7 ways the Internet can get you fired

by 7 years ago
‹ Prev
Next ›
Use your ← → keys to navigate

aubergene, Flickr

The Internet is a wonderful thing in many ways. It's also a terrible, horrible thing in many other ways, not least the fact that it eradicates your privacy and ability to juggle your job and your personal life. And, more often than not, get you fired. Speaking as a current tech writer and former human resources recruiter-monkey, I spent five years watching people get fired for utter stupidity. Here's how...

Photo credit: aubergene, Flickr

You may not have realized it, but you probably signed a form accepting the company's social media policy. The social media policy, no matter who wrote it, pretty much boils down to this: "say something, anything, bad whatsoever about your company, regardless of merit, and we will fire your ass so hard your cubicle will be a smoking crater."

This is for two reasons: one, to prevent worker complaints for going viral or being aggregated by those pesky journalists and two, to make sure the company is presented in a positive light at all times. They could be introducing the Sodomizer-O-Tron 9000 with Kidney Shanking Action, and they expect their employees to be gung-ho about it.

Ever hear about some poor shmuck getting fired for something in his private life he posted on Facebook? It happens all the time.

Granted, faking sick to go to a party or calling your boss an idiot and posting it on Facebook when your boss is your "friend" is pretty stupid. But unfortunately, in most states, your boss can fire you for seeing something on Facebook, even something that's straight up none of his business, and there's not much you can do about it.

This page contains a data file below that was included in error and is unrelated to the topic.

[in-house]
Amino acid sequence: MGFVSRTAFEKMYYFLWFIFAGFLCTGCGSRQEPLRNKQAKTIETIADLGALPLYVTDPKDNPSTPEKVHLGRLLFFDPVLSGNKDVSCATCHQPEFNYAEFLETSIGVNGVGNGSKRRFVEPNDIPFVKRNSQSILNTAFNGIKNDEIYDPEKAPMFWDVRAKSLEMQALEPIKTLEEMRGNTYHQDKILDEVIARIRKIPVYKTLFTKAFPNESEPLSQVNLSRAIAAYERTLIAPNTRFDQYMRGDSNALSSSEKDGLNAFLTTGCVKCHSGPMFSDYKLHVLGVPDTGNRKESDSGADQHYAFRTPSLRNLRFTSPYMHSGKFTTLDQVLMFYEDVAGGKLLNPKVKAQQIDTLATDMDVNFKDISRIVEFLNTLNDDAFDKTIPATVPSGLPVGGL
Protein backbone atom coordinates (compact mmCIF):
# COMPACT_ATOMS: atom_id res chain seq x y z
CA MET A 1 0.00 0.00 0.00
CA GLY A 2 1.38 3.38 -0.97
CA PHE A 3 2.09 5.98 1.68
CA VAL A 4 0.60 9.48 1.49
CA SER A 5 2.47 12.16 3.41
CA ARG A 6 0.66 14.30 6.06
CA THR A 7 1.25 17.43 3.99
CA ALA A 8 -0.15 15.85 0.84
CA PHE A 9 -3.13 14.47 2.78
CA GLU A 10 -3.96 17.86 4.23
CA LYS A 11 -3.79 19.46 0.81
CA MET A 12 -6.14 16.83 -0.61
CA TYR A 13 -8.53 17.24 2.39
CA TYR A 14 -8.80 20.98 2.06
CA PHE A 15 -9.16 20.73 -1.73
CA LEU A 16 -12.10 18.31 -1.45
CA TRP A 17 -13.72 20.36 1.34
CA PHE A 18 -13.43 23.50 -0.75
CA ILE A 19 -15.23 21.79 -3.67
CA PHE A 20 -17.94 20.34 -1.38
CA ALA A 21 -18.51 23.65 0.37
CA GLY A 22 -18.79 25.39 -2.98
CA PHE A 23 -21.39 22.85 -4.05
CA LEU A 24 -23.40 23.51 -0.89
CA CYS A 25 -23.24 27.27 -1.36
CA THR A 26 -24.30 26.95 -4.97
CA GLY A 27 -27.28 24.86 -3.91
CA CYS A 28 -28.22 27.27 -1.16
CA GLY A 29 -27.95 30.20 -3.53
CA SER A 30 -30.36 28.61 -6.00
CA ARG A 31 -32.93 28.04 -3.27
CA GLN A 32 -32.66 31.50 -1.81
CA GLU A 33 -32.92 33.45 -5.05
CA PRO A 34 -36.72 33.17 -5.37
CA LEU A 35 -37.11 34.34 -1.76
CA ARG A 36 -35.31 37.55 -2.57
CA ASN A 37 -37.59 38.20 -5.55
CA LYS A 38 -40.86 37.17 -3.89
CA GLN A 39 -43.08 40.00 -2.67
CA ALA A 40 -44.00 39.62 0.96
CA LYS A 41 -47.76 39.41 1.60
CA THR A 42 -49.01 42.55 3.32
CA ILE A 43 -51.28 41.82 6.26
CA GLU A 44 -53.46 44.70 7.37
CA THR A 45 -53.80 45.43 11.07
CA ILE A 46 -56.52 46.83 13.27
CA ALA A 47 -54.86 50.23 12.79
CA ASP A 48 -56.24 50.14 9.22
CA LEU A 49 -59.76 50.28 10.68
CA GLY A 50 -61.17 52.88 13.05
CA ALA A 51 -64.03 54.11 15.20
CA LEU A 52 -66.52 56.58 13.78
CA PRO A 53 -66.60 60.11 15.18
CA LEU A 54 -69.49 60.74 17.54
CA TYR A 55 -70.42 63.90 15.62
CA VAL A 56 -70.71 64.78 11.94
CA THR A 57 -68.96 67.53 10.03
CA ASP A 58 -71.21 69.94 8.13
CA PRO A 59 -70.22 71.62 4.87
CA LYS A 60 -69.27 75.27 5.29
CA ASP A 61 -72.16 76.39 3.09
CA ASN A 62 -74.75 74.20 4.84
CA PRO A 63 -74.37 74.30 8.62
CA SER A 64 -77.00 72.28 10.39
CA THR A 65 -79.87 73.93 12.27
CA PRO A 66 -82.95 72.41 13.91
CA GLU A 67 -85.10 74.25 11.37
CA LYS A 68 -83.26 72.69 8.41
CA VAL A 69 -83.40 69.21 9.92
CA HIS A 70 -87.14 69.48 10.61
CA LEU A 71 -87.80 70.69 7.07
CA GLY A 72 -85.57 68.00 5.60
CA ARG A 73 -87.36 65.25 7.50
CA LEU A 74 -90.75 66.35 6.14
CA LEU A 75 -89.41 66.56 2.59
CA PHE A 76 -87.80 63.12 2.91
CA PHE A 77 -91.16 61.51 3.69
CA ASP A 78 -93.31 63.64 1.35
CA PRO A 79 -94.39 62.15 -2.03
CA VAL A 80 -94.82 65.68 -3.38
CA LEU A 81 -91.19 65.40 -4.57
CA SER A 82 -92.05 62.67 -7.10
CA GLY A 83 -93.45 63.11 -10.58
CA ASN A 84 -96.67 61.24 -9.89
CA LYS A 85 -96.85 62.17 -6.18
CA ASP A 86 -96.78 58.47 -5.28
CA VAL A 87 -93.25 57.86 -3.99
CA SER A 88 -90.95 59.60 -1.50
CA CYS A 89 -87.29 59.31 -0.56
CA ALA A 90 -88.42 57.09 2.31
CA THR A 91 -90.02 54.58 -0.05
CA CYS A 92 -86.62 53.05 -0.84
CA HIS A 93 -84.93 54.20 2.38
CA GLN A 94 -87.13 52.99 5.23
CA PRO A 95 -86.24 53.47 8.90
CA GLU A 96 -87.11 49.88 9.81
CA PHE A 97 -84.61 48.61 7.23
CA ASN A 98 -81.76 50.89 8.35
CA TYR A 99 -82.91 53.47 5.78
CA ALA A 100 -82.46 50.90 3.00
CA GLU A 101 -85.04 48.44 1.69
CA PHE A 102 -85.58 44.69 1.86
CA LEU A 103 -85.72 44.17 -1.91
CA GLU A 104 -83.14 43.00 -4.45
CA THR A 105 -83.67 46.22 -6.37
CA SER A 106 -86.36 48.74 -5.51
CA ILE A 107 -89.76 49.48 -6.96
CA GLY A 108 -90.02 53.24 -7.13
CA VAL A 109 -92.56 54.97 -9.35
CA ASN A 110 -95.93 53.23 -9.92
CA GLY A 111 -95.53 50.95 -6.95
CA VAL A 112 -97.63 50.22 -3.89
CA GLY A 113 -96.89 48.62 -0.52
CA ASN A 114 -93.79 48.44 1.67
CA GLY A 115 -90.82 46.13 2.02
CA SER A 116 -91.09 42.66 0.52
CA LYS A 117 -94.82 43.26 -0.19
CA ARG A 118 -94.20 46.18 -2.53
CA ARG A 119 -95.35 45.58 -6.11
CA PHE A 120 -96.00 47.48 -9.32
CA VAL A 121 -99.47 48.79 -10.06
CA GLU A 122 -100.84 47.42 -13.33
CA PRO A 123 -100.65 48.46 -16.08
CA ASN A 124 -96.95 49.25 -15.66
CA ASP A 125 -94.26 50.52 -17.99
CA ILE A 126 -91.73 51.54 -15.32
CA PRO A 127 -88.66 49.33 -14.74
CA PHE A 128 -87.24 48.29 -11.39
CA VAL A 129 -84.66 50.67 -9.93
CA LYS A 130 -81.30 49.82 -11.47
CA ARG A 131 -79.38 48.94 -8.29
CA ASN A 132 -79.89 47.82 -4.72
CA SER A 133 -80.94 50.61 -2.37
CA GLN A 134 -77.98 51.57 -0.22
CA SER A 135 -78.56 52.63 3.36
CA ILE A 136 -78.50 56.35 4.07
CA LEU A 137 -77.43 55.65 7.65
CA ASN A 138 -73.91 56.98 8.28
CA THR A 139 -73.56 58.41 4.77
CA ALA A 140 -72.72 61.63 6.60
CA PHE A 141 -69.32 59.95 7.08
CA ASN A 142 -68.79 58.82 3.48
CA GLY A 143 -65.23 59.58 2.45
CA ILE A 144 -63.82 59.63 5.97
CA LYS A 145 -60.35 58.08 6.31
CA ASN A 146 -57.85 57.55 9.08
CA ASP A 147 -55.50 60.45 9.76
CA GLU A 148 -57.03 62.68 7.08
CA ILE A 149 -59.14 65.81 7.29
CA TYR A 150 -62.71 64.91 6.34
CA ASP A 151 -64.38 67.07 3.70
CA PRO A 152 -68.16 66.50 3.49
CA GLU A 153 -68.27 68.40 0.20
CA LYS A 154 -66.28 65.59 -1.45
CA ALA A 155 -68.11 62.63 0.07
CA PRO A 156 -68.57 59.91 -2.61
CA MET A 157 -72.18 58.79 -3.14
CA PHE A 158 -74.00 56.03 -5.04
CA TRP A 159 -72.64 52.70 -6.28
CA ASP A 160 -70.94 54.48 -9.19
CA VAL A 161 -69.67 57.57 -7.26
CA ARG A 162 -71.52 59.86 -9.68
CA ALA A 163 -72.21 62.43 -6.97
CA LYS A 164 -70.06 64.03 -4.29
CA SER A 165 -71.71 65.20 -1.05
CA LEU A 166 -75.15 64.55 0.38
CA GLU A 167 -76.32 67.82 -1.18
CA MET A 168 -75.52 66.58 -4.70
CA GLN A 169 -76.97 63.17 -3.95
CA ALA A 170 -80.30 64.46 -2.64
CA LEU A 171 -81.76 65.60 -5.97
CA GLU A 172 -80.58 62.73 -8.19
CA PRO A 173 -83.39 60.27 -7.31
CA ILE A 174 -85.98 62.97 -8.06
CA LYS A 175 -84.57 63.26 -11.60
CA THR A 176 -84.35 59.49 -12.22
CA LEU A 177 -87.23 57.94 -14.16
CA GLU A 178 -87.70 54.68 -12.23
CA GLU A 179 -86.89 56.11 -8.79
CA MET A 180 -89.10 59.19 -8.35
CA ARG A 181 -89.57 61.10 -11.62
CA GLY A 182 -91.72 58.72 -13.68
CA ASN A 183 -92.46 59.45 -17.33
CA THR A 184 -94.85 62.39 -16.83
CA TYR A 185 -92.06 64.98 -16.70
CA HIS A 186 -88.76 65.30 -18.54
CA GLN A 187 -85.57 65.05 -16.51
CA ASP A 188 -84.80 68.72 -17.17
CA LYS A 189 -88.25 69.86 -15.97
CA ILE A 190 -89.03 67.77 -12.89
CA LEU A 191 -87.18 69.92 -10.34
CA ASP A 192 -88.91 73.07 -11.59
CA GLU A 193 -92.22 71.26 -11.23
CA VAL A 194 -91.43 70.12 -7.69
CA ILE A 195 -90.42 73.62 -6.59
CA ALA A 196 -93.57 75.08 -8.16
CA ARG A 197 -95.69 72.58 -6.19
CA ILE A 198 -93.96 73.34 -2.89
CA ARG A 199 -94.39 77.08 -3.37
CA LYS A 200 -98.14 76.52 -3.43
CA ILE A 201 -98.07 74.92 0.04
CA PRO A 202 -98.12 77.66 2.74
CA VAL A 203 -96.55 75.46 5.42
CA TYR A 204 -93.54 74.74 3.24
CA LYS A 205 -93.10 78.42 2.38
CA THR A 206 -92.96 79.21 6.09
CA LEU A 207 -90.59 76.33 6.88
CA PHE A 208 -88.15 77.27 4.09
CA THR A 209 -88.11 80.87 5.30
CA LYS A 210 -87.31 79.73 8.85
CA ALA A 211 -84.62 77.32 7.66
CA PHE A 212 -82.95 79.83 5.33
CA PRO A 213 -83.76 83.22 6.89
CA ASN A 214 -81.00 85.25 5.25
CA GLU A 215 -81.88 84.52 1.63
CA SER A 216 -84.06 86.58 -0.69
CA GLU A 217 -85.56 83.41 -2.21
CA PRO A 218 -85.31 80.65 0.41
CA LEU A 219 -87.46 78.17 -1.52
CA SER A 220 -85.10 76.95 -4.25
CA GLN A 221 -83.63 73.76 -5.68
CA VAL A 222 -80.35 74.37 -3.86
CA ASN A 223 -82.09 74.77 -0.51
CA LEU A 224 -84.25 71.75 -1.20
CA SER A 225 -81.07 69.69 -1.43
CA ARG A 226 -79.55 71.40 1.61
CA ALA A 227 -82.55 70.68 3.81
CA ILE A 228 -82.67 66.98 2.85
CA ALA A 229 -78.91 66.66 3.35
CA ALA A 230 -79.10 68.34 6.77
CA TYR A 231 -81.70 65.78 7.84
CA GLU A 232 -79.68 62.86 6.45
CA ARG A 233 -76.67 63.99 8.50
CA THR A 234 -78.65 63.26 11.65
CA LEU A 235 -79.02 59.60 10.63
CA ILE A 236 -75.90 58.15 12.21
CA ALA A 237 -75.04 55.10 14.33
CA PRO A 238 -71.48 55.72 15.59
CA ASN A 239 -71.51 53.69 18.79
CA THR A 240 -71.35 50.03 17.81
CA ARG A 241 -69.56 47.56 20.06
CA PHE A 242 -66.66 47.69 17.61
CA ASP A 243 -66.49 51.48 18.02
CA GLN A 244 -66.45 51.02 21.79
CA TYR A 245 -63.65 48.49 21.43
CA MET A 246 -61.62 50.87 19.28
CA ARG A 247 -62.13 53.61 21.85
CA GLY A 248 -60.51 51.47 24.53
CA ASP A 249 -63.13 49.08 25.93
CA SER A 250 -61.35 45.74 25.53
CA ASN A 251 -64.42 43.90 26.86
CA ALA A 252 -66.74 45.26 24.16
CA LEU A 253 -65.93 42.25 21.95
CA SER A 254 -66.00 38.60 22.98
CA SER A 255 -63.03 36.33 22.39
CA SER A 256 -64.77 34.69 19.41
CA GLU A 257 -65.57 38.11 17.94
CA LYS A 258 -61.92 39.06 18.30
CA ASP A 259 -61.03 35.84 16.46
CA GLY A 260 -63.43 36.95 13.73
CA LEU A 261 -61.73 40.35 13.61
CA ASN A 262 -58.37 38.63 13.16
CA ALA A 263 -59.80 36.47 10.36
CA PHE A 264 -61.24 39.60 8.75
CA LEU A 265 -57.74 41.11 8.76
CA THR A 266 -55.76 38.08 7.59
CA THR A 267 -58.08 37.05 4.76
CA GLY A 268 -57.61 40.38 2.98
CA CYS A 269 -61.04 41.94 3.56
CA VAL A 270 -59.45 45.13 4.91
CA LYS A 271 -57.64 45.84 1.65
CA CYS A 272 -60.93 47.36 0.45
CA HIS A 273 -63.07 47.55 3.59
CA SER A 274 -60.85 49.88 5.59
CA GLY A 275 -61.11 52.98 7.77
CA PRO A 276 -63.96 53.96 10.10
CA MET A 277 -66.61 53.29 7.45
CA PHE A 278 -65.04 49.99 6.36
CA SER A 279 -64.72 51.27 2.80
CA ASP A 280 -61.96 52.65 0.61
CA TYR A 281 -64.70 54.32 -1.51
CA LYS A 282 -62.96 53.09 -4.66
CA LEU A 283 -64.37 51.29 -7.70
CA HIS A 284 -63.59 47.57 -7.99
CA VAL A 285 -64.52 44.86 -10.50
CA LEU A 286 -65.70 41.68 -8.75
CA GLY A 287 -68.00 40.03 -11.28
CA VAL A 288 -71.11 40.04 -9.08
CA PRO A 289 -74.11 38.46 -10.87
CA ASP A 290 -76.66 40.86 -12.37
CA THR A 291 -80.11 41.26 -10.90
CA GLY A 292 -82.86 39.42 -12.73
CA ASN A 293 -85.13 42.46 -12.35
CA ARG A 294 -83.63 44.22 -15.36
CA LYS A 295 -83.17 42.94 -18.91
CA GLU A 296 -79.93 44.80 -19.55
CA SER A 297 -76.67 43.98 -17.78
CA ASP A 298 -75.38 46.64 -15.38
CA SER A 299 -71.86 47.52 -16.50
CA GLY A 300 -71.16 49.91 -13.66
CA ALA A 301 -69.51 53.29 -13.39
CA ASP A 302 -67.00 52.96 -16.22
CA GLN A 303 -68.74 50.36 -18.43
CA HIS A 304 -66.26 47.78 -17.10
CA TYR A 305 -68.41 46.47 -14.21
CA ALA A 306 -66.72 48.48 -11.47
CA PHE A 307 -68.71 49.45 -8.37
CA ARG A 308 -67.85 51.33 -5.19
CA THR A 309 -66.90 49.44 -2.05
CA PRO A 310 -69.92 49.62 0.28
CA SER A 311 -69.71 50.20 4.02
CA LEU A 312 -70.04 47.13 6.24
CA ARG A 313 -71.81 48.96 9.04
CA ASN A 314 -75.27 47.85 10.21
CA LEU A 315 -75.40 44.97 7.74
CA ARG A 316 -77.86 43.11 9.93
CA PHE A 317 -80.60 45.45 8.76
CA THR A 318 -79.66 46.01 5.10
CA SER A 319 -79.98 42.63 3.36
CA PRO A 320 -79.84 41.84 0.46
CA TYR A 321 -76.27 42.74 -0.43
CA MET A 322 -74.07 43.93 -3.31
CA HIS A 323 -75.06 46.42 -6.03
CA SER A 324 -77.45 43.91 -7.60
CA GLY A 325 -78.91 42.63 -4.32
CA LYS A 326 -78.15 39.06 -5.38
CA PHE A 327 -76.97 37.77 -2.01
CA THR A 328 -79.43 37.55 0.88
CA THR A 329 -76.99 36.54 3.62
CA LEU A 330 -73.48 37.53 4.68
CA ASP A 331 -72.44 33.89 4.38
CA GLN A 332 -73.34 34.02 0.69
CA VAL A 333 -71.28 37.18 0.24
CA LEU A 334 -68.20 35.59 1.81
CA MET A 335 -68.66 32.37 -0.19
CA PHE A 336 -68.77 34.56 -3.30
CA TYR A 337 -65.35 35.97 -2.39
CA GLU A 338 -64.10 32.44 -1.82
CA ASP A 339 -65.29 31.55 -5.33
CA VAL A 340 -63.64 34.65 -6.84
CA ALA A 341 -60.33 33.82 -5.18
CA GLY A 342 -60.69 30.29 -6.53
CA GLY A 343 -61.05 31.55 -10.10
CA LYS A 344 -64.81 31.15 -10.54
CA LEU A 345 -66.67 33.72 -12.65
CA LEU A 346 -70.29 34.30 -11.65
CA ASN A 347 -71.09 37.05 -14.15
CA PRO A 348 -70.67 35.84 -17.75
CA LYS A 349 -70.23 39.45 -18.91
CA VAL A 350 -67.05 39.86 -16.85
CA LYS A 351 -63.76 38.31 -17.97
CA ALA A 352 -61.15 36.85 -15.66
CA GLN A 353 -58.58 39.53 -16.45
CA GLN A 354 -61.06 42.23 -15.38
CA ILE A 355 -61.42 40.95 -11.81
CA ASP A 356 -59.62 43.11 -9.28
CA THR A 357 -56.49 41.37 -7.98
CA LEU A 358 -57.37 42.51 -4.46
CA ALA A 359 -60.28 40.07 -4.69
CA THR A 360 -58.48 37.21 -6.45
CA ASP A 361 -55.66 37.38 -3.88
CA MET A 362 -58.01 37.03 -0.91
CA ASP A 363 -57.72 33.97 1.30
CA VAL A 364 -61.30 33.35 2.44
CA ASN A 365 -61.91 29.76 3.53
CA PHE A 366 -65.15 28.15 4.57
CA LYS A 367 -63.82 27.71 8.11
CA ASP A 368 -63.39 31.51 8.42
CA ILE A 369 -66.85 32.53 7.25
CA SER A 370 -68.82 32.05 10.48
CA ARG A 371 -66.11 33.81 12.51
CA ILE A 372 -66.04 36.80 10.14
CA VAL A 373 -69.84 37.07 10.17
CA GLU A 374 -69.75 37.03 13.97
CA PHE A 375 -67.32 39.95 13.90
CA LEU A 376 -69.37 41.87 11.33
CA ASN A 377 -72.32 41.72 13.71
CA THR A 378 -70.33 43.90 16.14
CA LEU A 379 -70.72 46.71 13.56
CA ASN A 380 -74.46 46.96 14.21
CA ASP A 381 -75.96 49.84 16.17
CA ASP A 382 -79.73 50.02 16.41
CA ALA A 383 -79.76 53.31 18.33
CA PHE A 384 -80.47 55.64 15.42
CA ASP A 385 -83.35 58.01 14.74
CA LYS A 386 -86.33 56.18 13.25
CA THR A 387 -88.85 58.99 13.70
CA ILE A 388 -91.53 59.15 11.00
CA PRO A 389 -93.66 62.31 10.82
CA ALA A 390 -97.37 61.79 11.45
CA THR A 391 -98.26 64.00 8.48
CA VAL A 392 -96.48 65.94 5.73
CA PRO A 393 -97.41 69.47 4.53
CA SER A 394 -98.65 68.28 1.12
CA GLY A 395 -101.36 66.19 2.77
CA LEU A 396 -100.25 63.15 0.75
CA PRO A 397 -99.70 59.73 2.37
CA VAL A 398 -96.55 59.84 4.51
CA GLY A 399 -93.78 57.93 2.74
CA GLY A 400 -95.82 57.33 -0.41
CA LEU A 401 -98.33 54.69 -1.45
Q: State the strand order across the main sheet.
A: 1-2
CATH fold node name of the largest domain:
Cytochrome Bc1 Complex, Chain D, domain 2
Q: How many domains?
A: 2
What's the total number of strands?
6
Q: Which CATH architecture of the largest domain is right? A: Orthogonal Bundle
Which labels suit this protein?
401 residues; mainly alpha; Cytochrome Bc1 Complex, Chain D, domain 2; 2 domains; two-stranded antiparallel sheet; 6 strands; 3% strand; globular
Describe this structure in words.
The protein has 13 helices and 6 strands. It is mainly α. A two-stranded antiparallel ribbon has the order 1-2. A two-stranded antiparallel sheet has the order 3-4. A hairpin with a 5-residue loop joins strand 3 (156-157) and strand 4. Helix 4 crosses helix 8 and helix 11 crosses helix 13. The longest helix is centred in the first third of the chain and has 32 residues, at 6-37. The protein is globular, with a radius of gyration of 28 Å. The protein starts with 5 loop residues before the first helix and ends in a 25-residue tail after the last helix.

Just ask the teacher who was suspended for taking a picture with a male stripper that she didn't even post to her Facebook, but someone else posted on theirs: you can get fired for just having a life people don't like. In fact, this happens to teachers a lot. Here's one who got fired for wearing a bikini near a camera and wound up working in porn, for example.

Here's another example you probably weren't expecting: you signed a non-disclosure agreement, and that applies to anything you do. Yes, even on Facebook.

This is actually one of the most common ways people get fired on line: they let a little too much slip about the project they're working on, and on Friday afternoon, they take a short walk to the boss' office.

The best time to find a job is when you already have one. That said, you need to do it discreetly; hide a suit in your cubicle, pass around your resume only to people you know will keep it under your hat, and, oh yeah, don't post to Facebook that you hate your job and are desperately looking for a new one.

It will amaze you how often this happens, but people mistake networking for "shouting from the rooftops" and it gets problematic, fast.

Part of the trouble with Facebook is that your work life and your personal life are going to intersect a bit: coworkers will friend you, and you have to return the favor, thus it involves restraining yourself, a little bit.

The problem is, Facebook fights tend to spill over into the real world, and some people have to drag work arguments into the personal sphere. So, be above it...or get a new job.

I could say "Doing things that are illegal," but let's face it, most of us know exactly what "illegal" acts will catch attention. If you actually post a photo of yourself stealing a car, all you have to do is make a goofy face and people will think it's staged. Skin-popping heroin is another matter entirely.

Again, it would stun you how many people do this, all the time, on a regular basis. We expect it from rock stars, even faded ones like Evan Dando, but I've had to put together "disciplinary packets" for guys who were doing bong rips at the family barbecue and posting it on Facebook. It's not hard. You don't even have to stop smoking whatever your smoke of choice is. Just don't post photos of you doing in on Facebook.

For all employers reading this, please note that this cannot be construed as detrimental to company policy, as Guyism.com was educating your workers about the perils of misbehaving on social media.

For our actual readers: come on, guys, you know your boss is tracking your Internet usage. Get back to work!

And by work we mean clicking these links.

Continue ›
View Single Page
TAGSArbitrary RankingsfeaturedInternetListsThe Library